I remember being a kid, seeing old black-and-white footage of migrant workers working in the fields, picking fruits and vegetables. My parents always watched Spanish-language television, which covered many different aspects of Latin American life. One vivid news clip that I’ll never forget was of a migrant who drowned, trying to cross the Rio Grande River into the United States to make a better life for himself and his family.
The history, literature and images of migrant workers have become part of our rich American history. From John Steinbeck’s Of Mice and Men, Dorothea Lange’s iconic image of the “migrant mother” and César Estrada Chávez’s legacy as a farm worker, labor leader, and civil rights activist, what I remember is just one small piece of a long struggle.
By the early 20th century, American cities were growing dramatically and agriculture needed to meet expanded needs for food. Congress passed the Immigration and Nationality Act of 1917. This law established a legal basis for the importation of some 73,000 Mexican workers. During the Great Depression, foreign demand for agricultural exports plummeted and prices dropped. In an effort to open up jobs to native-born citizens, the Immigration and Naturalization Service cooperated with local authorities to deport more than 400,000″ Repatriados” back to Mexico in the 1930s. At least half were U.S. citizens, mostly the children of immigrants.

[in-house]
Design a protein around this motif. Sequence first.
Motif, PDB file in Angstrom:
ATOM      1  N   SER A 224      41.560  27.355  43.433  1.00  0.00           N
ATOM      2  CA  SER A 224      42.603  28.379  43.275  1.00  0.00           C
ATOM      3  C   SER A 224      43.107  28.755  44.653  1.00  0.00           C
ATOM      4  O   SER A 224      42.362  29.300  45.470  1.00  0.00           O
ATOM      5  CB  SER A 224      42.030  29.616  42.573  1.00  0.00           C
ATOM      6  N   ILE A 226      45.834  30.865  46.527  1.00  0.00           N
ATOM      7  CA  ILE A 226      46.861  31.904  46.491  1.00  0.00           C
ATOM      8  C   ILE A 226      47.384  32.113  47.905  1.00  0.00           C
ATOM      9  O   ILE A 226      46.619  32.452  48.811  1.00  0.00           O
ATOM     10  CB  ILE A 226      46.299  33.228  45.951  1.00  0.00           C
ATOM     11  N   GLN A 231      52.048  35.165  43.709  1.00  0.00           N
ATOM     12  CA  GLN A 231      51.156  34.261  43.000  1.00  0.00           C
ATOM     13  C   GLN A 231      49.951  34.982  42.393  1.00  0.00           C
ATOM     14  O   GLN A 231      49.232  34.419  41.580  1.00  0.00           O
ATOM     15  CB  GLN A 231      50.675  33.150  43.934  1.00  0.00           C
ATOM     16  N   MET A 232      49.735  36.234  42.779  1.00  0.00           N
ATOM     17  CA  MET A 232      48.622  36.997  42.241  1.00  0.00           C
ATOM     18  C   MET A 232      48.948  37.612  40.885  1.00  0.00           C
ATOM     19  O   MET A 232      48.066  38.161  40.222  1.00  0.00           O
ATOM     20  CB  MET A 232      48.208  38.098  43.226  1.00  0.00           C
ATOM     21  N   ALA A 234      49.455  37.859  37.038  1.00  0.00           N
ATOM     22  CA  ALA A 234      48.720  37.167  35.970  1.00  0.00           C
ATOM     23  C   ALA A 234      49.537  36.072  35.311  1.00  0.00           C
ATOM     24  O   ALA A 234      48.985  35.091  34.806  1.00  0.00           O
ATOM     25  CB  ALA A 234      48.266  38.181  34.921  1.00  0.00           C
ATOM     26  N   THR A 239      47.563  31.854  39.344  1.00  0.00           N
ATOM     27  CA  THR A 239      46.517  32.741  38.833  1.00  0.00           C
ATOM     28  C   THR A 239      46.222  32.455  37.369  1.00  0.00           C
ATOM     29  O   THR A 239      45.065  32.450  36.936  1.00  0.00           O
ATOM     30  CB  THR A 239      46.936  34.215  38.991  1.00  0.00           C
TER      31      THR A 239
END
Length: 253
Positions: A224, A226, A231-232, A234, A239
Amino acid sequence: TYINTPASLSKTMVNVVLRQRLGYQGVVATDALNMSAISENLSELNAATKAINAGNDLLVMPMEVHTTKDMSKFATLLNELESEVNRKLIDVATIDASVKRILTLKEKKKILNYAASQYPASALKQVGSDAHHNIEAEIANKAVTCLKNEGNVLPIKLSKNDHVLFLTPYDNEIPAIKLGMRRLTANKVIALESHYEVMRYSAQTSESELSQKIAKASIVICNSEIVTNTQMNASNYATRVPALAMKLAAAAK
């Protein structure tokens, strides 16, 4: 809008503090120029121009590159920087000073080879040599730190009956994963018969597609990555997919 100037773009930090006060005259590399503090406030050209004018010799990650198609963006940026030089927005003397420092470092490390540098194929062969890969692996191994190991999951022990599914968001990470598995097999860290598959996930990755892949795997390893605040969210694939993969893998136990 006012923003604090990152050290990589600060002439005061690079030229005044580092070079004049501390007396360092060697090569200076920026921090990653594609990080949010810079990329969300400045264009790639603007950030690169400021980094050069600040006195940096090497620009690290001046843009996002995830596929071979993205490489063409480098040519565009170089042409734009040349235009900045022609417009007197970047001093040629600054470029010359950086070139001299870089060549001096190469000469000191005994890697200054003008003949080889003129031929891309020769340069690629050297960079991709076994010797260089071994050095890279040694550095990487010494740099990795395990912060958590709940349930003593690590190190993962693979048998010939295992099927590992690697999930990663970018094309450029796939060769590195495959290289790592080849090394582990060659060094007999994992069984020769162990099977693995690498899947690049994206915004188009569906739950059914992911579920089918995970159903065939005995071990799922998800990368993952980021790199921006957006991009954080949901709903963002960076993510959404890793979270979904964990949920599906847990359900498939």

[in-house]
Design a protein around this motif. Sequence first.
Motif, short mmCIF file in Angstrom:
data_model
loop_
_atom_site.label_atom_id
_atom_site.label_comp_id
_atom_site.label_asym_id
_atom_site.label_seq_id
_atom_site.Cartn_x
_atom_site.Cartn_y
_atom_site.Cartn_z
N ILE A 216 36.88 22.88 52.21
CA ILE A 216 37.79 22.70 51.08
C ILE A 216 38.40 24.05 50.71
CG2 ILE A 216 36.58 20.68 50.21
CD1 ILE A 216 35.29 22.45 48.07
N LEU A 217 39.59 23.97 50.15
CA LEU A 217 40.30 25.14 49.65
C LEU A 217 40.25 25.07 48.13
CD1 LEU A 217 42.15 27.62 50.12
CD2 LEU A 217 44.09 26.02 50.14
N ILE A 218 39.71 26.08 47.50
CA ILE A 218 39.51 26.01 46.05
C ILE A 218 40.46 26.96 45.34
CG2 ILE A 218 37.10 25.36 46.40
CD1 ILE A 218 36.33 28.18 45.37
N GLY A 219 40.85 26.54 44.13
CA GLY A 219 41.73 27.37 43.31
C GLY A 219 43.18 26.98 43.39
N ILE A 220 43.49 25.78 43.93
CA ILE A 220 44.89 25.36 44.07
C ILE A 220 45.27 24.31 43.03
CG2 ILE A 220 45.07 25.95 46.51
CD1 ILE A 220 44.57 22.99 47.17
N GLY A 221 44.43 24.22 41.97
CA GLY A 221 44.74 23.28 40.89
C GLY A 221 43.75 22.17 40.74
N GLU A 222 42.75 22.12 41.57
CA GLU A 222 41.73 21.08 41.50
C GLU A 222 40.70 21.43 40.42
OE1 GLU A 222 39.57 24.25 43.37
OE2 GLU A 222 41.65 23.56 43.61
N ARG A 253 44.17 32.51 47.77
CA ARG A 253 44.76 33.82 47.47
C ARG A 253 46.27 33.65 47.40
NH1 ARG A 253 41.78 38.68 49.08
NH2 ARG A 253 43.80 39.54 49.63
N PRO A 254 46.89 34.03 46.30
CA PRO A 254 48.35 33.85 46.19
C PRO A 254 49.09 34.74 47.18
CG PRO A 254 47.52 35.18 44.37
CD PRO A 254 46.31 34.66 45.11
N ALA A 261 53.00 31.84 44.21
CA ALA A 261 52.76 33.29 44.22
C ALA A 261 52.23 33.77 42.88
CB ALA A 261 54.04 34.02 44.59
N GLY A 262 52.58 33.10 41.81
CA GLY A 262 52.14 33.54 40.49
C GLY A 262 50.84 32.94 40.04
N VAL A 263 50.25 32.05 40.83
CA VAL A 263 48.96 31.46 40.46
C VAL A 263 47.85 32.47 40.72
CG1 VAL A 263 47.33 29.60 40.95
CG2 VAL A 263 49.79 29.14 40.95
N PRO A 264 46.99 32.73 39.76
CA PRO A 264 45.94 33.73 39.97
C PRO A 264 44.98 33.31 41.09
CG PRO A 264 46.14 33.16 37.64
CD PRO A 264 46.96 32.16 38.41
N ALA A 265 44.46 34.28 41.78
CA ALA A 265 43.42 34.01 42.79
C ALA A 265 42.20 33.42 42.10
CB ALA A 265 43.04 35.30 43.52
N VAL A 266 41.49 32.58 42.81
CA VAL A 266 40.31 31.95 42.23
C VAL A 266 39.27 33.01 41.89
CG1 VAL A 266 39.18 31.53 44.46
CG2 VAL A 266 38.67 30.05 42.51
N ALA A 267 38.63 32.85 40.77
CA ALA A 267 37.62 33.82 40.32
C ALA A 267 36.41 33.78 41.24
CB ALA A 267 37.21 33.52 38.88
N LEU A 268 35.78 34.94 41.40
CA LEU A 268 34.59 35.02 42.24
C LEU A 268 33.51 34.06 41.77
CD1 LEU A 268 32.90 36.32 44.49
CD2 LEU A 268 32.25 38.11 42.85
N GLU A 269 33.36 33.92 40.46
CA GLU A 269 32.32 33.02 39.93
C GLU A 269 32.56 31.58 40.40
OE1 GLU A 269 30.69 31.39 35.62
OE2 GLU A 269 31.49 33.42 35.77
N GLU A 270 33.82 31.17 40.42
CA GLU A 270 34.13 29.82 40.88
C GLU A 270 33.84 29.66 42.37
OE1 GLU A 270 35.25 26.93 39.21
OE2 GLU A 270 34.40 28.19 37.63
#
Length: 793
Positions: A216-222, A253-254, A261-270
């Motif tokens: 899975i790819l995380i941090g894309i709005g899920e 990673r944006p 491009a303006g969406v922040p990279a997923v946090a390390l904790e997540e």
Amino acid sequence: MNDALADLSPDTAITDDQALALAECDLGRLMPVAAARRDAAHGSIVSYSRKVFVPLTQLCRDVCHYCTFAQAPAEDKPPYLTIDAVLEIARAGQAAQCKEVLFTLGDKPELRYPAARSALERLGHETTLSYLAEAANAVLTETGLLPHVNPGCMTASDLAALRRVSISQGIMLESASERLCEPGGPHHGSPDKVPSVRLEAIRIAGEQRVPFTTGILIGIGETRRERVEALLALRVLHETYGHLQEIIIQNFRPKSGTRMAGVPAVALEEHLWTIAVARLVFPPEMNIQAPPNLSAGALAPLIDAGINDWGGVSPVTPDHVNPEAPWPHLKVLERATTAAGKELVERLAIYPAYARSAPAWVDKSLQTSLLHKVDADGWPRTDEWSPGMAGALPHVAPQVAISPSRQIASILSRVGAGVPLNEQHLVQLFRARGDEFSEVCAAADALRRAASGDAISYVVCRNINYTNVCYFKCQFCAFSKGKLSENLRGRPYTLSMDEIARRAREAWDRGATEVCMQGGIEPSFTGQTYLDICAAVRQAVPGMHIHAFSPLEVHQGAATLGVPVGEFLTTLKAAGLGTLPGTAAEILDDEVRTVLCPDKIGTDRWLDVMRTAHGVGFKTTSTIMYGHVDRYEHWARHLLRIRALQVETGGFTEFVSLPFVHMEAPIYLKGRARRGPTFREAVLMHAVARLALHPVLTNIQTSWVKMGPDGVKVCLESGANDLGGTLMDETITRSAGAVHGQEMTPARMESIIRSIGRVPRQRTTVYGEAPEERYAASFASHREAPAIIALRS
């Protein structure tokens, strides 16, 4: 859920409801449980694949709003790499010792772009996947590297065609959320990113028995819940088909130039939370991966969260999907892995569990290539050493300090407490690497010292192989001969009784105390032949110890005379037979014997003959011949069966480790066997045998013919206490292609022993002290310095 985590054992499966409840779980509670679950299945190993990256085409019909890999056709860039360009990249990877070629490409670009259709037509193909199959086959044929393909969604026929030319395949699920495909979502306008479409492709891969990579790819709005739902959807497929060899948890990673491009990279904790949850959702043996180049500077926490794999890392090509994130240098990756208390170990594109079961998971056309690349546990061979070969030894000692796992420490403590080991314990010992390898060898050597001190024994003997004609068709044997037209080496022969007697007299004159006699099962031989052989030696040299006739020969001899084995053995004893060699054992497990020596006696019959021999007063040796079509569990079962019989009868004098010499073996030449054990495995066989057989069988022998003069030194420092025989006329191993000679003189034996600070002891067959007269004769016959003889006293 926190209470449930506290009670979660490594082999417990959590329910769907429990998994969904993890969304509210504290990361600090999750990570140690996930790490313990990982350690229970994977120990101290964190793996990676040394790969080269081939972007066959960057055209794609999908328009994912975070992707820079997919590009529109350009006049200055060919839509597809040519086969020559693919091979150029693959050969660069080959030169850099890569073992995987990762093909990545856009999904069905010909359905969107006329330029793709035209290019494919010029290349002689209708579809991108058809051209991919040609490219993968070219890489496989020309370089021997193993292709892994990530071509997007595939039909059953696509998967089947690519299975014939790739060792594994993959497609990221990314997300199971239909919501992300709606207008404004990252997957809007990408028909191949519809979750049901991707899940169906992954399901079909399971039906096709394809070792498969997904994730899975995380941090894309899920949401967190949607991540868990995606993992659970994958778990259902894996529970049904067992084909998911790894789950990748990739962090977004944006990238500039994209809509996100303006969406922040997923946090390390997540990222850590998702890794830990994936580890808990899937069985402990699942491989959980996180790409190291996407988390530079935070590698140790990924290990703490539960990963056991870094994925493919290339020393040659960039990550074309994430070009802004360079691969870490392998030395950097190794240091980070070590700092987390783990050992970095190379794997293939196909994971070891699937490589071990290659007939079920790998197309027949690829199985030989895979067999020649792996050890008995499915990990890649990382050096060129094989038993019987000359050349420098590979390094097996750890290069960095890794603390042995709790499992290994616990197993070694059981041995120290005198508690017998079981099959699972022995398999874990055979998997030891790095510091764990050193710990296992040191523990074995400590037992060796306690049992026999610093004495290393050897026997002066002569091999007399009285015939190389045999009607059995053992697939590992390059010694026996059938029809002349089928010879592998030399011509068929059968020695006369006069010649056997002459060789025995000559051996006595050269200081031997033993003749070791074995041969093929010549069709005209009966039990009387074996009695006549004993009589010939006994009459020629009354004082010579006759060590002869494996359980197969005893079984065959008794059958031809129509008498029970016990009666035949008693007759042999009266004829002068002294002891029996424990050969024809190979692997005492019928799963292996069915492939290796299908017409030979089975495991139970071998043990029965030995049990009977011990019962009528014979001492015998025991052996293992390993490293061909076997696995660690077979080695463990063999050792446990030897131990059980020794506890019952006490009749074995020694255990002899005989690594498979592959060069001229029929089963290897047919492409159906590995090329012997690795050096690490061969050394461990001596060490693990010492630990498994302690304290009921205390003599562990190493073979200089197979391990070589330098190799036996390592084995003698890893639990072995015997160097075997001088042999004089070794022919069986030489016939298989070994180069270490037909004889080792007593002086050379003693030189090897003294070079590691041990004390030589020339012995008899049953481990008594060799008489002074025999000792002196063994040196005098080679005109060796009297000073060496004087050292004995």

Generations later, the situation remains the same. In 2011 alone, the U.S. expelled nearly 400,000 illegal immigrants (Immigration and Customs Enforcement Bureau, October 2011). More than eight million undocumented workers, who comprise five percent of the work force, are embedded in the American labor market. Many of these people risk their lives to cross the border; many die on their way, while others are caught by the US Border Patrol and deported. Undocumented workers face extraordinary economic hardship in their home countries, encouraging them to endure these dangers.
Once in the United States, it is unsurprising that migrants are often employed in the most undesirable occupations. Meat-packing plants, landscaping, picking food or tobacco: all are low-wage jobs in physically demanding and difficult conditions. Without legal accountability or safety standards, most middle-class Americans would never dream of accepting such toil. Yet these tasks remain essential, underpinning the basic fabric of the American economy and quality of life.
All the while, undocumented immigrants live under the radar with meager wages and poor access to education, social services, and health care. Nonetheless, I have seen how they remain resilient and strive to be part of the American Dream. In this photographic essay, I show a glimpse of migrant workers’ daily lives.
TEXT and PHOTOGRAPHS by Carlos Javier Ortiz / facingchange.org
With support from Leica Camera